New comics from Michael DeForge, R. Sikoryak and Ron Regé Jr.
Sticks Angelica, Folk Hero
By Michael DeForge
In a never-never land version of a national park, Sticks Angelica exiles herself from her high-profile life in Ottawa, where she was a cultural gadfly and scion of a prominent Liberal MP, now embroiled in scandal. As Sticks befriends the local wildlife – Oatmeal the bunny longs to be petted by her, a moose wriggles into her trademark athletic wear to try and impersonate her – Michael DeForge improvises his own brand of classic comic strip, as though we were reading a mutant Mark Trail. The book is also a self-conscious lark on the Canadian theme of survival, with our headstrong heroine a lost, kindred spirit to Margaret Atwood’s nameless narrator from Surfacing or Douglas Glover’s castaway Elle. The ramshackle community that forms around Sticks – two horny geese, a feral girl, a lovelorn eel and an irksome journalist named Michael DeForge – struggles with the burdens they’ve been born into, looking to transcend the limits imposed by their families, their country or their recalcitrant bodies. The moose transitions into life as a human, while the girl changes into a songbird, and DeForge himself wastes away, all drawn in a shorthand that makes nature look shockingly alien.
What Parsifal Saw
By Ron Regé Jr.
While short, ecstatic bursts of Ron Regé’s cosmic symmetries and striated linework fill out the pages of his new collection, two longer stories dominate the proceedings, each of which channels a wildly different New Age myth. The first, Cosmogenesis, illustrates excerpts from the famous occultist Madame Blavatsky’s spiritual writings, with Regé conjuring eddying, visionary forms to make manifest the seer’s pronouncements about the unity of all existence. Adapting passages that speak of such folderol as “the night of the universe before the flutter of reawakening,” Regé tasks himself with something like drawing the shapes we see on the back of our eyelids – and succeeds, with transporting inventiveness. The second extended story is Diana, a retelling of Wonder Woman’s origin from 1941, dubbed a “parody” for presumably legal reasons, but actually a rapt and faithful cover version. Regé replicates the original’s oddly balletic staginess and mythological mash-ups, in which a contretemps between warlike Mars and lovely Aphrodite ends up with an Amazonian coming to America’s rescue. But it’s the story’s emphasis on the pacifying, unifying power of love Regé communicates most powerfully – and not at all cornily, I should add.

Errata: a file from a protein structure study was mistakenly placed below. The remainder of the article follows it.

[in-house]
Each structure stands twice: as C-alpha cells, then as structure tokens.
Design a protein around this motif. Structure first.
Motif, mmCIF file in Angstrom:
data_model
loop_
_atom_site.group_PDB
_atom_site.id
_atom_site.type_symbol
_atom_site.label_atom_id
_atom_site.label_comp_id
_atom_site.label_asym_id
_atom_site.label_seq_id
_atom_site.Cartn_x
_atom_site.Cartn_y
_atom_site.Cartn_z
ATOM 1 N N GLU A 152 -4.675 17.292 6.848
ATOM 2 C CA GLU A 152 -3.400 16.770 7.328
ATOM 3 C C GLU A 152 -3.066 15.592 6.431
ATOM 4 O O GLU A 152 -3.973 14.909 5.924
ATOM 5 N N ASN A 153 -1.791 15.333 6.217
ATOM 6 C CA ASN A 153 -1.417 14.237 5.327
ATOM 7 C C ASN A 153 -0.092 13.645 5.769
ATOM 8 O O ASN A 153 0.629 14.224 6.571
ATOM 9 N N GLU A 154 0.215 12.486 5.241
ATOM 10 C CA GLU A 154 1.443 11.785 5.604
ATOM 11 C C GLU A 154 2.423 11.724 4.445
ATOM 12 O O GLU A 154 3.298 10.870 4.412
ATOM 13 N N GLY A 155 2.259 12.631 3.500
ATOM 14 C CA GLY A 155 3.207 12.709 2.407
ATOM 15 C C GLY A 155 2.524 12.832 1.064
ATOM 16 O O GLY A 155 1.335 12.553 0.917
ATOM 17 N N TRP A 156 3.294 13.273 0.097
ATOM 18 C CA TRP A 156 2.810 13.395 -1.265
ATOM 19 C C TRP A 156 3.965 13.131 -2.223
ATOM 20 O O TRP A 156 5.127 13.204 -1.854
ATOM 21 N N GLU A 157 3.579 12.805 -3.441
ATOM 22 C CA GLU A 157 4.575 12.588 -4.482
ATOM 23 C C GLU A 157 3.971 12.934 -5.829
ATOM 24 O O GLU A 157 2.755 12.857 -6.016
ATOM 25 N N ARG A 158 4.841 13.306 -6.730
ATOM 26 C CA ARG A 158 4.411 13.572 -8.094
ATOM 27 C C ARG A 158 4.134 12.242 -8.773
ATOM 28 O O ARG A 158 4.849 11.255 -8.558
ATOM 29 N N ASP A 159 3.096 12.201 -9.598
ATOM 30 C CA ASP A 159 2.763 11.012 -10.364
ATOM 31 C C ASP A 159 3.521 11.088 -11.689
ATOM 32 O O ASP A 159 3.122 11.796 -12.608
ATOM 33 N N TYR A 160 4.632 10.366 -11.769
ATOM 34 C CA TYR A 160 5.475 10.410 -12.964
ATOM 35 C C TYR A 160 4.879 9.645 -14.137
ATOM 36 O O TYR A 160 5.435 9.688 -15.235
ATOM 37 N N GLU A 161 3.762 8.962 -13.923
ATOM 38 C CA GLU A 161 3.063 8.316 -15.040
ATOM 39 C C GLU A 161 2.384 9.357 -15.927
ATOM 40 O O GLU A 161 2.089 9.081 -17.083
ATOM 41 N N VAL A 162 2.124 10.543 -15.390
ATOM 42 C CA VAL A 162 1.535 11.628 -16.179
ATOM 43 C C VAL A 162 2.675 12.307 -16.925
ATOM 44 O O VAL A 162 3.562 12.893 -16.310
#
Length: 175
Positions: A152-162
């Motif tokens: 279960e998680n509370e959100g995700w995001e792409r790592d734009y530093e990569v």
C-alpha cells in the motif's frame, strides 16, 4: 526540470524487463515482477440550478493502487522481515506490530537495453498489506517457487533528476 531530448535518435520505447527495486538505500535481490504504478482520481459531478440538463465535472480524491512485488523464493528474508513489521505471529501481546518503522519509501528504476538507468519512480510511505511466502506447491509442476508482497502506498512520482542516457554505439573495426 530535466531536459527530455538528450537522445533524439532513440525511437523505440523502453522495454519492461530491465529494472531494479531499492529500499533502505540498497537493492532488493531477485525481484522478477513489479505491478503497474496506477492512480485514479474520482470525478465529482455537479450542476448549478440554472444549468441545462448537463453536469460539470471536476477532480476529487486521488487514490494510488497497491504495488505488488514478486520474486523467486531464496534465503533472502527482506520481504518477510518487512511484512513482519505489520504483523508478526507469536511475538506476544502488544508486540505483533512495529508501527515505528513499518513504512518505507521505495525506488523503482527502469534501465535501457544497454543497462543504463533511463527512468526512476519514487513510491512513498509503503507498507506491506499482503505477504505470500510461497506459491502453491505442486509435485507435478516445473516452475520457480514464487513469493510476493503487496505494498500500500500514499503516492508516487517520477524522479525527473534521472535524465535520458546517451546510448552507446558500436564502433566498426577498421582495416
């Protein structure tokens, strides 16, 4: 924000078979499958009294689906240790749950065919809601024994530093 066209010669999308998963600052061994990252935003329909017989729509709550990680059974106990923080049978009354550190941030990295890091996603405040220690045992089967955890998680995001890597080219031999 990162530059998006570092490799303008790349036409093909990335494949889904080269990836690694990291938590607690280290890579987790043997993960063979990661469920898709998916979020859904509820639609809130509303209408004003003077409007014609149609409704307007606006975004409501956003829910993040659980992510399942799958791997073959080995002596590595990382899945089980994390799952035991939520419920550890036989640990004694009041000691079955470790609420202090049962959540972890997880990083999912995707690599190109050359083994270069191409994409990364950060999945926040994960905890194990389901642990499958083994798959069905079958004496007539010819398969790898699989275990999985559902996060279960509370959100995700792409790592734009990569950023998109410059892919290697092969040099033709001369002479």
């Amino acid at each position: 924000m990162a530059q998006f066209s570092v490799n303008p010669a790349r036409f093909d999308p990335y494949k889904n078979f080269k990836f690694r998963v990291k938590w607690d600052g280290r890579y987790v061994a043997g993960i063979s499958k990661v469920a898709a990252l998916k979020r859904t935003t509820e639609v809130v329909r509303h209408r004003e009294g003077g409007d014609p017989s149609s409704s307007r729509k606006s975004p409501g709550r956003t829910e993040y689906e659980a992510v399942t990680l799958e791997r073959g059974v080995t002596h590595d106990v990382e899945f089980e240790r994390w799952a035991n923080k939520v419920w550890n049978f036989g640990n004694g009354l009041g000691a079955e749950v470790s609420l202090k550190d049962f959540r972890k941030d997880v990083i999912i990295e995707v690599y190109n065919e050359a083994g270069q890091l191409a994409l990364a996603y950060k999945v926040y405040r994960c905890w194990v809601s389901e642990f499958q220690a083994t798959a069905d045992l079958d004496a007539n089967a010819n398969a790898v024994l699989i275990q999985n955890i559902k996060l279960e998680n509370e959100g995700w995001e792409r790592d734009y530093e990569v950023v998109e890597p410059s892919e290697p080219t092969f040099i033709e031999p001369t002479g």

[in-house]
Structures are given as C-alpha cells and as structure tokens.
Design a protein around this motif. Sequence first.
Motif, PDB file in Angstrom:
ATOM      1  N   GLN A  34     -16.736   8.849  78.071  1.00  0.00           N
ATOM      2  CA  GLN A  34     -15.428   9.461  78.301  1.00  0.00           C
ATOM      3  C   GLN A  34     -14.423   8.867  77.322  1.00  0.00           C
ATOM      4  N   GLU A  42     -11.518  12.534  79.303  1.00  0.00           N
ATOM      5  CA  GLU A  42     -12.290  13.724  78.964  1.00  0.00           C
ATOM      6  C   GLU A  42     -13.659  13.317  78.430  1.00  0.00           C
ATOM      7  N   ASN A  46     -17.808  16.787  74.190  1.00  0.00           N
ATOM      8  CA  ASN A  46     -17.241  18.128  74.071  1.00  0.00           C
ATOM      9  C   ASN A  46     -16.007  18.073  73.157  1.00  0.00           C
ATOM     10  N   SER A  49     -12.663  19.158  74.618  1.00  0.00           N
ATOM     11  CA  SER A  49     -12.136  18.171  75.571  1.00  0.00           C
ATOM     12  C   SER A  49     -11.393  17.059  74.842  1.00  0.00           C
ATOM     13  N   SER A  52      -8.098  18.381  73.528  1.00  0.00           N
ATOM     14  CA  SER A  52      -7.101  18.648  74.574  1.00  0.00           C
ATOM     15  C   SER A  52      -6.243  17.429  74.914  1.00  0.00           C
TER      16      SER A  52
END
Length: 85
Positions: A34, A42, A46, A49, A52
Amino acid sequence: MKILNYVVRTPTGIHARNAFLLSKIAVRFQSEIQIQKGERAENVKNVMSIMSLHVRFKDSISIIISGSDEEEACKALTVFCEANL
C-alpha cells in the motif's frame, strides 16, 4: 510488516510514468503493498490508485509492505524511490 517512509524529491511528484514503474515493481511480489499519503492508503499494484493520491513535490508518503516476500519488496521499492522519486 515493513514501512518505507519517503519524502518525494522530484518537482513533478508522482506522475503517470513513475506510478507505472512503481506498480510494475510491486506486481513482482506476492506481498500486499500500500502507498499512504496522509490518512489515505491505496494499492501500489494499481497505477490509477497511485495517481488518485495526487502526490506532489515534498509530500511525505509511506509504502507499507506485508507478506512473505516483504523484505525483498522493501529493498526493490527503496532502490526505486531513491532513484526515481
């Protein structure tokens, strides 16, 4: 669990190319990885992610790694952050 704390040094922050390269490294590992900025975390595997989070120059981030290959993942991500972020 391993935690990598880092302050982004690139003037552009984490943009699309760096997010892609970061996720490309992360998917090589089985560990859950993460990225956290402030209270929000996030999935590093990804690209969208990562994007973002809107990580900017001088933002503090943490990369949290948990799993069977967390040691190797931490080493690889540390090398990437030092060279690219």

Terms and Conditions
By R. Sikoryak
In Terms and Conditions, cartooning’s brainiest copycat pulls off a high-concept “adaptation” of the iTunes legal agreement, transposing the document’s every last word into the word balloons of old comics pages he’s redrawn, in each of which a cartoonified Steve Jobs now “stars” as the hero. The idea is simple, but the execution is endlessly engaging. Part of the pleasure here is aesthetic, as we marvel at R. Sikoryak’s expert mimicry of everything from Peanuts to Persepolis, but a larger part is intellectual, as we test out how this legalese recontextualizes the panels in which it’s been plopped. Sikoryak pairs Apple’s bewildering array of policies for “Associated Devices,” for instance, with an illustration of Rube Goldberg machines. Elsewhere, Jobs hectors his silent co-stars – stand-ins for all of us iTunes end users – mansplaining the niceties of his corporation’s stranglehold on contemporary life (things kick off with Jobs as the clownish Tubby, berating Little Lulu: “You agree that you will pay for all products you purchase through the services”). Sikoryak takes a text that sets out strict limits for legality and proper use, and delights in treating it improperly – it’s copied right, not copyright.